‘The Frog Princess’ Sculpture by Gilbert Bayes at the Victoria & Albert Museum, London

‘The Frog Princess’ Sculpture by Gilbert Bayes at the Victoria & Albert Museum, London

In this episode, we’ll be taking a closer look at a bronze sculpture called ‘The Frog Princess’ by Gilbert Bayes which is at The Victoria and Albert Museum in London. Welcome to Art, Culture & Books with me, Anthony King.

As always, I take all the photos and videos myself on location, ensuring you get an up-close and personal view of the fascinating world of art and culture.

Crafted in 1929, Bayes, a distinguished British sculptor of the early 20th century, was renowned for his ability to breathe life and emotion into his creations. He left an indelible mark on the artistic landscape with a career that traversed the Arts & Crafts era, the New Sculpture Movement, and the Art Deco period. Among Gilbert’s most renowned public creations is the Queen of Time clock, a fusion of bronze and ceramics adorning the facade of Selfridge’s department store on Oxford Street, London.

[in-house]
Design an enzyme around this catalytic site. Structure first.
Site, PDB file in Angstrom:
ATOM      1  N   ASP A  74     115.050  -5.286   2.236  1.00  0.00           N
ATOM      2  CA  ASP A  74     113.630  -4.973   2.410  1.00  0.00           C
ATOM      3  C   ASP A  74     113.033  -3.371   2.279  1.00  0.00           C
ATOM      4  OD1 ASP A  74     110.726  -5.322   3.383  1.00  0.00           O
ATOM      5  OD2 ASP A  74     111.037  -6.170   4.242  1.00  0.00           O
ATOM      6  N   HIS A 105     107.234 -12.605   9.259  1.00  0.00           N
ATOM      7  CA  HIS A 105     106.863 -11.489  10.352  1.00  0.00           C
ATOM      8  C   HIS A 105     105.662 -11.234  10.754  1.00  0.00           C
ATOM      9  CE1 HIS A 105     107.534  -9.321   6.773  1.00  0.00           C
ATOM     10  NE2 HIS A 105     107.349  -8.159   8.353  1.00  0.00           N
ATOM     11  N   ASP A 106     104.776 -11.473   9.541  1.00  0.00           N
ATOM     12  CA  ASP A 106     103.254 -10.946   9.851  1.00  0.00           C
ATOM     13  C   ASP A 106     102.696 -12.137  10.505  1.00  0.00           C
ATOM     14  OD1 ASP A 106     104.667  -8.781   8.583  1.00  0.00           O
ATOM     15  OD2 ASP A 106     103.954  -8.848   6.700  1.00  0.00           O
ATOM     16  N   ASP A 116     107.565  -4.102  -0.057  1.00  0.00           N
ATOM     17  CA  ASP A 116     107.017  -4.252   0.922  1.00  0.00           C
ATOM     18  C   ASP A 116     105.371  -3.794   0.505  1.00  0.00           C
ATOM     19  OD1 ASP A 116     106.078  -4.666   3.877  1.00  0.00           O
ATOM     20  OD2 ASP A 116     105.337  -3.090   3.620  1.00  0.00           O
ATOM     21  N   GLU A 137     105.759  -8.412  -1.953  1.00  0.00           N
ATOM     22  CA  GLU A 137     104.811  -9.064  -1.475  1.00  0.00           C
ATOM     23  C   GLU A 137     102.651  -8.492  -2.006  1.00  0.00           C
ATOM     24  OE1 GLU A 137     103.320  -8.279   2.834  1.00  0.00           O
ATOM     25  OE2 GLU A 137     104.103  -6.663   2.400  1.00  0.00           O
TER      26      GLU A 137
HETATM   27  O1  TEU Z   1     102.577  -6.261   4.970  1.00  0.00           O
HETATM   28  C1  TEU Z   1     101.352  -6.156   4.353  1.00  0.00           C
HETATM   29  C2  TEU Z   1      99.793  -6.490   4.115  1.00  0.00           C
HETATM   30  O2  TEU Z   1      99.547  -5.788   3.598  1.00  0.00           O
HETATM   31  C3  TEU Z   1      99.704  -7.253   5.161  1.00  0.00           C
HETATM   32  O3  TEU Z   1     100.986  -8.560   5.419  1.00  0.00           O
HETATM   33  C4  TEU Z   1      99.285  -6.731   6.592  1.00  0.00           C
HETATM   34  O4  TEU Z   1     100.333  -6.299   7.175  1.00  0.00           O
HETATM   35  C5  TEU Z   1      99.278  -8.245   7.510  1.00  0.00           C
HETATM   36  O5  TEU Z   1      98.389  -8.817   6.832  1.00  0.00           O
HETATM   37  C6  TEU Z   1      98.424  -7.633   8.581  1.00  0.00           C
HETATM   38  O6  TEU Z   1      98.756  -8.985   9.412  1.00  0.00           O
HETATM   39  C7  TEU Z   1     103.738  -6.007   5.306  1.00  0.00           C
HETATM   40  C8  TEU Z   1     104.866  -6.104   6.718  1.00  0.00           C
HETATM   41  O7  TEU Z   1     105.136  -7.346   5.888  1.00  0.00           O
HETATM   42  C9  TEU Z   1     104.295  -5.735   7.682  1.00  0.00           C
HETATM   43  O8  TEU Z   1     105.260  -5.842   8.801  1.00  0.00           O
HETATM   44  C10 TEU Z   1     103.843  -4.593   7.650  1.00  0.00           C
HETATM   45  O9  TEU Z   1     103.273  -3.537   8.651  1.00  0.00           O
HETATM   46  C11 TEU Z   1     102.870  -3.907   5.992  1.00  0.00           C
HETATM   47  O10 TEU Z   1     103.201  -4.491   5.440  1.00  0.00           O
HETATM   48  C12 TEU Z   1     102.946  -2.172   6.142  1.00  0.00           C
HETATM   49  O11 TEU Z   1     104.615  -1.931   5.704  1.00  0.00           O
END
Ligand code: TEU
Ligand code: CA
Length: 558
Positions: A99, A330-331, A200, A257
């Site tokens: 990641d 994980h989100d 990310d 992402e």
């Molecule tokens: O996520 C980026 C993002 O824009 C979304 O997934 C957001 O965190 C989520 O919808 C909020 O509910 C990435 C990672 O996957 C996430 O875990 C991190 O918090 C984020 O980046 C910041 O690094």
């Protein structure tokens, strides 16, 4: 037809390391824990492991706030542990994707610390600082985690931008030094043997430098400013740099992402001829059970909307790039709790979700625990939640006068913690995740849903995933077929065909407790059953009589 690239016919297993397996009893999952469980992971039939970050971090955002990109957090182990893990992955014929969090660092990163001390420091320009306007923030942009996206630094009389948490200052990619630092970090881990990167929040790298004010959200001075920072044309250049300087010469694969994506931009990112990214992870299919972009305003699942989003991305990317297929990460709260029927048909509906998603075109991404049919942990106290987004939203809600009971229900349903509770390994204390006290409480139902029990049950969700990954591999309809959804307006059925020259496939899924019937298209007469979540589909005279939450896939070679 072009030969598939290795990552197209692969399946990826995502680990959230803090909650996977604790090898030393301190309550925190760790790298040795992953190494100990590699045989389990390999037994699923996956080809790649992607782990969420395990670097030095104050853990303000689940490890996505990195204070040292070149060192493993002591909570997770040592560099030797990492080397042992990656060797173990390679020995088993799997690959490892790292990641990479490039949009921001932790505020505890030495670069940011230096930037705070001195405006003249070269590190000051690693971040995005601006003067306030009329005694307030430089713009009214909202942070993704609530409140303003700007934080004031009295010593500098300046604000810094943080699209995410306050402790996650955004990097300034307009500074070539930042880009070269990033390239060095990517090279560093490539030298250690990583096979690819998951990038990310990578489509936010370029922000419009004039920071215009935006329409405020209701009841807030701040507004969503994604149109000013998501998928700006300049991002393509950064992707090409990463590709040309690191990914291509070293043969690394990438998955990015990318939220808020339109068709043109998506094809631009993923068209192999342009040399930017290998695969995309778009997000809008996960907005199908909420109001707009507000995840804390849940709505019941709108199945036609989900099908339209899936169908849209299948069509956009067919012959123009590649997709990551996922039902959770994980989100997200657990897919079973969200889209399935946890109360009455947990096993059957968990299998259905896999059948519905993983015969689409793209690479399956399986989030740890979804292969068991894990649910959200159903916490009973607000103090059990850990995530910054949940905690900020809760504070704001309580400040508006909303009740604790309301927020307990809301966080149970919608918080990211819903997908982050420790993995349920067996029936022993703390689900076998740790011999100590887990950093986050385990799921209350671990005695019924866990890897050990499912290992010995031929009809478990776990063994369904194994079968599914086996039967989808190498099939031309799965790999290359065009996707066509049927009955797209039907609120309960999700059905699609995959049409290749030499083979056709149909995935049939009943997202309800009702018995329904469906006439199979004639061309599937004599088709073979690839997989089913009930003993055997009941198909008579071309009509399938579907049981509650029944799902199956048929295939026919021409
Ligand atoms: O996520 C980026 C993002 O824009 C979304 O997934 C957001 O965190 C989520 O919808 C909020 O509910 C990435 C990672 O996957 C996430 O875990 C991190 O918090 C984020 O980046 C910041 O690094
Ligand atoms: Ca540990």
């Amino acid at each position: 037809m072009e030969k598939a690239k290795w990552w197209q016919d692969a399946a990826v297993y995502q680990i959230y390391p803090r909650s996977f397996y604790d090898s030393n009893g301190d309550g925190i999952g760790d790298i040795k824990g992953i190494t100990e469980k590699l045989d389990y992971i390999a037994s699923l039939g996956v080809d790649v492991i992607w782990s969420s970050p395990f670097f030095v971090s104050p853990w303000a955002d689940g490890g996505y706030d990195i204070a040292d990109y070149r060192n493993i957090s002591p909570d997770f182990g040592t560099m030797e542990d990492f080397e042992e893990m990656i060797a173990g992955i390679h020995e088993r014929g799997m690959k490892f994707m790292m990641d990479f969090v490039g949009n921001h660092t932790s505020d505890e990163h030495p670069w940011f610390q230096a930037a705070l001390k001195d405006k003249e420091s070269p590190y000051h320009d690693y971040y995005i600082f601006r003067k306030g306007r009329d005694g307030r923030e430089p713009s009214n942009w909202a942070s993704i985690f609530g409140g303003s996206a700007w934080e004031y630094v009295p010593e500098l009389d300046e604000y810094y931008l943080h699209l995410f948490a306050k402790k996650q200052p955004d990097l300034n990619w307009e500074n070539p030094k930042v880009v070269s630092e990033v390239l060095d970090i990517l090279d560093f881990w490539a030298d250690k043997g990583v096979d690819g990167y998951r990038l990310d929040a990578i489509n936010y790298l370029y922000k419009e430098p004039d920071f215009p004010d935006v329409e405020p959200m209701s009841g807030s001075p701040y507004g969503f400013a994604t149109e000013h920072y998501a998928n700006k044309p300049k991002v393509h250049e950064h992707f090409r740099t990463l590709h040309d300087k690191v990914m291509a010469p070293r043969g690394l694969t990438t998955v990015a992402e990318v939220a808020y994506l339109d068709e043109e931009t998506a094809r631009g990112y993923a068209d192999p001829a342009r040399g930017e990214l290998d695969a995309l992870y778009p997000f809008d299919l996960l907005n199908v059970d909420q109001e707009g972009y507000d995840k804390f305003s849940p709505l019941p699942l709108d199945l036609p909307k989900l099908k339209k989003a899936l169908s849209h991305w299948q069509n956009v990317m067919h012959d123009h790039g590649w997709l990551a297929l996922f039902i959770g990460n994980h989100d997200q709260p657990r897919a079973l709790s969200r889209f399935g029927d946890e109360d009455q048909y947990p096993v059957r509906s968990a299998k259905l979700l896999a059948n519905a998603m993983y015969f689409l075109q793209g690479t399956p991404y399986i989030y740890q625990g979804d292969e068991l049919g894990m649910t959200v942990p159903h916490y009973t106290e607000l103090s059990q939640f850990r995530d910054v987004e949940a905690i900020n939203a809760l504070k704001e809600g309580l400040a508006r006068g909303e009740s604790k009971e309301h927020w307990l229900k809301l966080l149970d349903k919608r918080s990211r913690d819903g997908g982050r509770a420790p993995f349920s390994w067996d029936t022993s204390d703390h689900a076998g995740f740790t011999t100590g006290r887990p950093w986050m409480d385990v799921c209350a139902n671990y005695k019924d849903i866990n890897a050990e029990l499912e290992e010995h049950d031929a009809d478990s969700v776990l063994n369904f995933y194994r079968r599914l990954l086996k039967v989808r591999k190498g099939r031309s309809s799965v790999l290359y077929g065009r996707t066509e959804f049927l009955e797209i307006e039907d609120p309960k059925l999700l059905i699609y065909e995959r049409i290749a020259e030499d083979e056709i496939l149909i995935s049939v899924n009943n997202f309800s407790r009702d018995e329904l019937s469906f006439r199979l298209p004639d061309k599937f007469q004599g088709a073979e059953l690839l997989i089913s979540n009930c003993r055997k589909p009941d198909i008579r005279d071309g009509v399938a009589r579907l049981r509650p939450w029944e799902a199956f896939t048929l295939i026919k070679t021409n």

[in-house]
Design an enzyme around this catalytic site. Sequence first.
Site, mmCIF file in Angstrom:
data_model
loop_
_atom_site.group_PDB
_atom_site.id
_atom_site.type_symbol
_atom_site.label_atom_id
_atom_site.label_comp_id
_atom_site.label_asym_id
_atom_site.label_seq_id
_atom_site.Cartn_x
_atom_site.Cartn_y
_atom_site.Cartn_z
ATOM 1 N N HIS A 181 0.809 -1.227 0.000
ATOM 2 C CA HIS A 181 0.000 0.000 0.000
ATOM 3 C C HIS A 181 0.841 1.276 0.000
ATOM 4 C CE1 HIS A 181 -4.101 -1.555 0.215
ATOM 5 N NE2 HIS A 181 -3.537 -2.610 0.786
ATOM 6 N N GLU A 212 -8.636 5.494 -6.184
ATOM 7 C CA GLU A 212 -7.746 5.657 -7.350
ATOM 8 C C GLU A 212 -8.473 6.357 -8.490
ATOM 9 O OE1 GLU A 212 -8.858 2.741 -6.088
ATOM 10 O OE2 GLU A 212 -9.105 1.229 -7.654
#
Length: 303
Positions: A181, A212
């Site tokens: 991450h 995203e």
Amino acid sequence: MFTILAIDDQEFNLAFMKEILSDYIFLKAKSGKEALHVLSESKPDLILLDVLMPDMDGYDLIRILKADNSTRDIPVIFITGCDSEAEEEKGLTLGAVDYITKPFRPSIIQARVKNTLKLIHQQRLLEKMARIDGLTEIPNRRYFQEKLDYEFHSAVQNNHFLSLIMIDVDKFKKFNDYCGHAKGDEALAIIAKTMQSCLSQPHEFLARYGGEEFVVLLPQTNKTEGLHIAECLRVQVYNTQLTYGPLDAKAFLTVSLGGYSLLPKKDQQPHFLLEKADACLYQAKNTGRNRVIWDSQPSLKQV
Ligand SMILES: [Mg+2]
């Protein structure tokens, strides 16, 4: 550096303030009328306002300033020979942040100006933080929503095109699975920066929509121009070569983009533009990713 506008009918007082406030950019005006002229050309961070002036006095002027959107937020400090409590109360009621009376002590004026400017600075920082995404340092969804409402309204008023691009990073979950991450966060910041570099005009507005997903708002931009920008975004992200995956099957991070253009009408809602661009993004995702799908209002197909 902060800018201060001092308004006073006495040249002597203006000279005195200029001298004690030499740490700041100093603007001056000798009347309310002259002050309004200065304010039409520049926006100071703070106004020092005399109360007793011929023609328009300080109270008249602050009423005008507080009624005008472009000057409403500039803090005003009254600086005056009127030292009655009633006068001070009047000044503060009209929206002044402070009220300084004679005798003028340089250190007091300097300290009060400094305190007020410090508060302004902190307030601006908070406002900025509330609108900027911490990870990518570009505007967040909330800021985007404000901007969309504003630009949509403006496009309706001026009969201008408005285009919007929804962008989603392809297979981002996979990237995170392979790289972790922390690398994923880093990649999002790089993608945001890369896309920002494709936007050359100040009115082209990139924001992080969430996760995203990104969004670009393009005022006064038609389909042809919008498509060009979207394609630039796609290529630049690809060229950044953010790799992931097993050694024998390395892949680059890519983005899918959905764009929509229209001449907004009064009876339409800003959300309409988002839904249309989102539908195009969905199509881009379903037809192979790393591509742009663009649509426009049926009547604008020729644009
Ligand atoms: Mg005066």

“The Frog Princess” narrates a poignant tale inspired by folklore and mythology. It depicts a young woman in the throes of metamorphosis, transitioning from a frog into a princess who dropped her golden ball into a pond and scorned the frog that found it. Originally designed for a fountain, the sculpture was intended to be accompanied by attendant frogs. This insight into the sculpture’s origin and narrative is drawn from the source “Gilbert Bayes Sculptor 1872-1953” by Louise Irving and Paul Atterbury.

This enchanting work of art is not merely an aesthetically pleasing piece; it almost beckons viewers to contemplate universal themes such as inner beauty, personal growth, and the transformative power of love.